An Overview of Radon Risk for Douglas County, Colorado Residents
Radon — a carcinogenic byproduct of uranium decay, invades many American homes to an unhealthy degree. As a matter of fact, the Environmental Protection Agency (EPA) estimates that over 20,000 deaths each year are due to radon-induced lung cancer. The bad news is that you can’t detect radon in your home without specialized equipment. The good news is that the options for radon testing are inexpensive and easy to find. If your home turns out to have high levels of radon, there are several strategies you can use to reduce your risks of respiratory damage.
Radon is everywhere—in the rock and soil under your home, in the outdoor air, even in the water for people who have a private well. Most of the time radon is harmless, diluted in the outdoor air or sealed away from your home by your building’s construction, but sometimes, especially in older homes, radon accumulates in the lower parts of your home and emanates into your living space. Once it is in your home, it breaks down into carcinogenic particles that you breathe in as you sleep, eat, and work around your house. This can lead to lung damage, especially if someone in the home is a smoker.
Douglas County, Colorado is at a Higher Risk of Radon Exposure
Douglas County, Colorado residents have a much higher than average chance of finding high levels of radon in their home than the average American. The geology of Minnesota—and Douglas County in particular—means an average reading of close to 6 picocuries per liter in a Douglas County, Colorado residence as opposed to the national average of 1.3 pCi/L. Picocuries are a measure of radioactivity, one which the EPA uses to warn homeowners about the threat of indoor radon. According to the EPA, a level of over 4 pCi/L should prompt a homeowner to seek radon mitigation. In Douglas County some 55% of homes tested have been found to have levels above 4 pCi/L.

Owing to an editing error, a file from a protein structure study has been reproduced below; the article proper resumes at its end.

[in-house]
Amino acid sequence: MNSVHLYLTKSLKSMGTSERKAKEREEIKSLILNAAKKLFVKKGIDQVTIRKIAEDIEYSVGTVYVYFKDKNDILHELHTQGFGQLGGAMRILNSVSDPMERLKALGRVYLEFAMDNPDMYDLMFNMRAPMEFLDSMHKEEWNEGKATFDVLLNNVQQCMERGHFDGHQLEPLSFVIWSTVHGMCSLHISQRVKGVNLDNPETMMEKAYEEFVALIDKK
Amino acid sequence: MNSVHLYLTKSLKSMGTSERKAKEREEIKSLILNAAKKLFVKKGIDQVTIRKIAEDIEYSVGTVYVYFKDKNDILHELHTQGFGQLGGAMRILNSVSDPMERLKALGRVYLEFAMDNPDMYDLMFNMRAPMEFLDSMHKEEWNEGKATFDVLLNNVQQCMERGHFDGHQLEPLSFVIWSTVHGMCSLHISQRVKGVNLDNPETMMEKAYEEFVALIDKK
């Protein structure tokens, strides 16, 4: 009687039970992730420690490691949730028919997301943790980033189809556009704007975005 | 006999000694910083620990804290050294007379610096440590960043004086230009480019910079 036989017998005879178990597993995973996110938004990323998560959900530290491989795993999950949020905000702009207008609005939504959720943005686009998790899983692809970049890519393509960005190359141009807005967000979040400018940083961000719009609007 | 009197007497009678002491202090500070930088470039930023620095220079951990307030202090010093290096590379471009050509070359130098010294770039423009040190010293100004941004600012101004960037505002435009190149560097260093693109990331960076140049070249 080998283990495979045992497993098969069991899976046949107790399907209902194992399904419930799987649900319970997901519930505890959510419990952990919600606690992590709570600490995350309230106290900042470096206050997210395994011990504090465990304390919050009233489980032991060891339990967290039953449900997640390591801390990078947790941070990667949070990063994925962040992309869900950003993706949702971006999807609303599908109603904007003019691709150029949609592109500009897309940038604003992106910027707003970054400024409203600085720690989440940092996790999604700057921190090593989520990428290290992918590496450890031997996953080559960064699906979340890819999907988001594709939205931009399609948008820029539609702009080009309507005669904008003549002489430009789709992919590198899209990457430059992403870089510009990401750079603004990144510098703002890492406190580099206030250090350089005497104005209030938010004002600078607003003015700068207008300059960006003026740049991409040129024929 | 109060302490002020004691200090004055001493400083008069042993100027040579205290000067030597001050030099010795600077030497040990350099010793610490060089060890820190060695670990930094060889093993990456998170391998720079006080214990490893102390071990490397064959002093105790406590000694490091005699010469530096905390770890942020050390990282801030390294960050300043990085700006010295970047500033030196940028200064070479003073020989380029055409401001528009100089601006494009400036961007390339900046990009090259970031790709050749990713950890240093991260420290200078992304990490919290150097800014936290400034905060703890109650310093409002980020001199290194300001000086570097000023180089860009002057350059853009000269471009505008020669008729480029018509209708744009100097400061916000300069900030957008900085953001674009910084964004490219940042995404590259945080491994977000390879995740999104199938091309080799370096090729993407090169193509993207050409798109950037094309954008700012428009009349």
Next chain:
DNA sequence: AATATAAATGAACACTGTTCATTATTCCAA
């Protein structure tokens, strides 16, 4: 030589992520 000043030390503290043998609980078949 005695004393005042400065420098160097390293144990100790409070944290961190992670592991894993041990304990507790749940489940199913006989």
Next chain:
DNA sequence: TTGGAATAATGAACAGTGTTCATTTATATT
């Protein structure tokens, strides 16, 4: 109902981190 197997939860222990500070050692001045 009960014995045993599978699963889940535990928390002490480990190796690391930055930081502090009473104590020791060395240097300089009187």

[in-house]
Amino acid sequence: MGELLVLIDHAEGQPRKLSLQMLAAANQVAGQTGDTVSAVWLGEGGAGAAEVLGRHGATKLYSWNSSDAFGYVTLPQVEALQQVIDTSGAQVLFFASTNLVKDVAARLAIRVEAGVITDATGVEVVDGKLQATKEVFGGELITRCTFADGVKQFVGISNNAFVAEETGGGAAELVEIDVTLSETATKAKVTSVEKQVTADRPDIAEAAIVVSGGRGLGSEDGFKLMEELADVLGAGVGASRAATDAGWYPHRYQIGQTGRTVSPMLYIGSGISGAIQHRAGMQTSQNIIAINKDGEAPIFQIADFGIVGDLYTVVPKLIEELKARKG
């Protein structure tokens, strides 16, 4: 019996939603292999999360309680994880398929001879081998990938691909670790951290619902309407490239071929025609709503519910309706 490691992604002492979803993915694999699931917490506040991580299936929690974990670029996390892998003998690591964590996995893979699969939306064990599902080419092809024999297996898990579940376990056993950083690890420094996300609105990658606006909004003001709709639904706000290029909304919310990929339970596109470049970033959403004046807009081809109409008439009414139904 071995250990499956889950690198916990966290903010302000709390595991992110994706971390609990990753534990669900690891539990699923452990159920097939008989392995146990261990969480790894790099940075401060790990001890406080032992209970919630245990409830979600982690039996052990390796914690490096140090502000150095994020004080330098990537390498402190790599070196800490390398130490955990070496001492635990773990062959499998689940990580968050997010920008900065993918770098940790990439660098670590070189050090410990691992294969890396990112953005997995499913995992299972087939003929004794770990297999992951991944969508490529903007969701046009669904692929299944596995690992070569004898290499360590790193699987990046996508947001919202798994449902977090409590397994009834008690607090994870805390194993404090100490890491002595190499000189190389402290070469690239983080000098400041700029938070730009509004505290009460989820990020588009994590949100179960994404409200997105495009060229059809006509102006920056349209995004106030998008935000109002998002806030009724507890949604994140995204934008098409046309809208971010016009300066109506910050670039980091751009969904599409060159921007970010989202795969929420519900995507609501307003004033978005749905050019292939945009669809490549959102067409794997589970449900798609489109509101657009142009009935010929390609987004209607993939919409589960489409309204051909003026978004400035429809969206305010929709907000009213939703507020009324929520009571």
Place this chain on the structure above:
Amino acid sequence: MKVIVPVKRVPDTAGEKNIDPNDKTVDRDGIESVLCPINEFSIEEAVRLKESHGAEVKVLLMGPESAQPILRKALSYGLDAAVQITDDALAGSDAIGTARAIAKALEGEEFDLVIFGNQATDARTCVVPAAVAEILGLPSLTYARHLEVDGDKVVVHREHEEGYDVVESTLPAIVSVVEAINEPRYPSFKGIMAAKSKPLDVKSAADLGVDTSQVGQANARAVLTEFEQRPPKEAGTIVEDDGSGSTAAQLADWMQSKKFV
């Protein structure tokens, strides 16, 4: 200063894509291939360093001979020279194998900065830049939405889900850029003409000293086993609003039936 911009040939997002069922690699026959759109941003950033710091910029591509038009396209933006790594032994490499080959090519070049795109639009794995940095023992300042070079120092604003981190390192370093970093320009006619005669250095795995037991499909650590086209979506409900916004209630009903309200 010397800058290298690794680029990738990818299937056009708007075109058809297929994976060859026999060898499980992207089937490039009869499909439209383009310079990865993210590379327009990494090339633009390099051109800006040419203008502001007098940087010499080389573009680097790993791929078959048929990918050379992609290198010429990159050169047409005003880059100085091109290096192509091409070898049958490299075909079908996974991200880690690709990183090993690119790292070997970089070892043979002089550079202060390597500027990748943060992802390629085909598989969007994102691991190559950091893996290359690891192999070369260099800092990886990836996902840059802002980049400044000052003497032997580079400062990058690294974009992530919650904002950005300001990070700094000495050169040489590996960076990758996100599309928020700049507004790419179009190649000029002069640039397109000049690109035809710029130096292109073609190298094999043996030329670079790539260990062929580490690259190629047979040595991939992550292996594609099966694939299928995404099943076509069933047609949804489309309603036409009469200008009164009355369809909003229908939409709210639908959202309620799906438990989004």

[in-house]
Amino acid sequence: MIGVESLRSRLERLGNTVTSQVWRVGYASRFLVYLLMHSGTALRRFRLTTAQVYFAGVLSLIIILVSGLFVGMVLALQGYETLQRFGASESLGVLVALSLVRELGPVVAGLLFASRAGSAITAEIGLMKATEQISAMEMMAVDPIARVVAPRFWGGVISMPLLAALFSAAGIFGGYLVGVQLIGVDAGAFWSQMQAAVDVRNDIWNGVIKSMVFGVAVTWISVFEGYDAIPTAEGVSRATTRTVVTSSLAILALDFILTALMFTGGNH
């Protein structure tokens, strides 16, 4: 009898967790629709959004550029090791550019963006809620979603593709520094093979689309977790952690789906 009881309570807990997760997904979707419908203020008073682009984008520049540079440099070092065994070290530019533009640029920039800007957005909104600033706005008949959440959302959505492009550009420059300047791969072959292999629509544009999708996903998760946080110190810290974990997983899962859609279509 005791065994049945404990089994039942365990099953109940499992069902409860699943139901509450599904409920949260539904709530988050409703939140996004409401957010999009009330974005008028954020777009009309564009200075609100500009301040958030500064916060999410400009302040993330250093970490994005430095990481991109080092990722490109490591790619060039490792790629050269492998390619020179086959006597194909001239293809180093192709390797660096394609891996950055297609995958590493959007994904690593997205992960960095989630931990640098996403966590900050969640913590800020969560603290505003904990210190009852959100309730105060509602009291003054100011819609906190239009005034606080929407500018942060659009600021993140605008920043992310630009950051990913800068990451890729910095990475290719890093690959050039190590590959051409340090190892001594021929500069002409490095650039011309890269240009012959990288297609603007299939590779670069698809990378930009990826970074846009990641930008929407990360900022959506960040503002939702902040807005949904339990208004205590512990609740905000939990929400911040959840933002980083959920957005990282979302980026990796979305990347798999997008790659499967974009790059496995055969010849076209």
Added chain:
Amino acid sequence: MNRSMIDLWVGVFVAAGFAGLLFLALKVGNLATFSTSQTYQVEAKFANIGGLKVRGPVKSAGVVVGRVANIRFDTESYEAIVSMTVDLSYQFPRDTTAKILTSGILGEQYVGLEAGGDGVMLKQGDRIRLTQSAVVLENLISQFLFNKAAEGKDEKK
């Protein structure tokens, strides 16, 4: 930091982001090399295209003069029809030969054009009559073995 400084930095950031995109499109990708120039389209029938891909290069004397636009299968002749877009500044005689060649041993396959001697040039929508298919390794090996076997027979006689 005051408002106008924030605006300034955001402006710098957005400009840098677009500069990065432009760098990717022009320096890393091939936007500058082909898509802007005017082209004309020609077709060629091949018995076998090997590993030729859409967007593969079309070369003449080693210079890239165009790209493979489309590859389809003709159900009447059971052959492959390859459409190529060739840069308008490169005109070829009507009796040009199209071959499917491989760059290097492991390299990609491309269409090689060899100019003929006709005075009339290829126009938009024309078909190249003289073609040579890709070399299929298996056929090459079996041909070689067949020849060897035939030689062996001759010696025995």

Geology is not the only reason for high levels of indoor radon. Homes constructed without prevention measures, or buildings that are poorly maintained with cracks and loose pipes and drains, contribute to the entry of radon into your living space. Negative pressure inside your home can also draw radon indoors—for example, wood stoves, dryer vents, and fireplaces.
Radon – The Silent Killer
Because radon is an odorless, colorless, tasteless gas, the only way to know if it’s there is to perform a radon detection test. Test kits are generally found at local Douglas County hardware stores, supermarkets, and home improvement centers for under $25. If you prefer, you can hire a certified radon specialist to test your home for the presence of radon. Once you have your test result, you can make a determination about what steps to take next. If your indoor radon levels exceed EPA standards, you may want to seek radon mitigation services.
You can take radon reduction measures yourself by sealing any obvious cracks in concrete or covering exposed dirt crawlspaces with some impermeable building material, but you might consider hiring a certified radon mitigation technician. A professional can assess your particular structure’s needs and provide the most economical and effective solution to radon reduction, customized to your home and level of radon threat.
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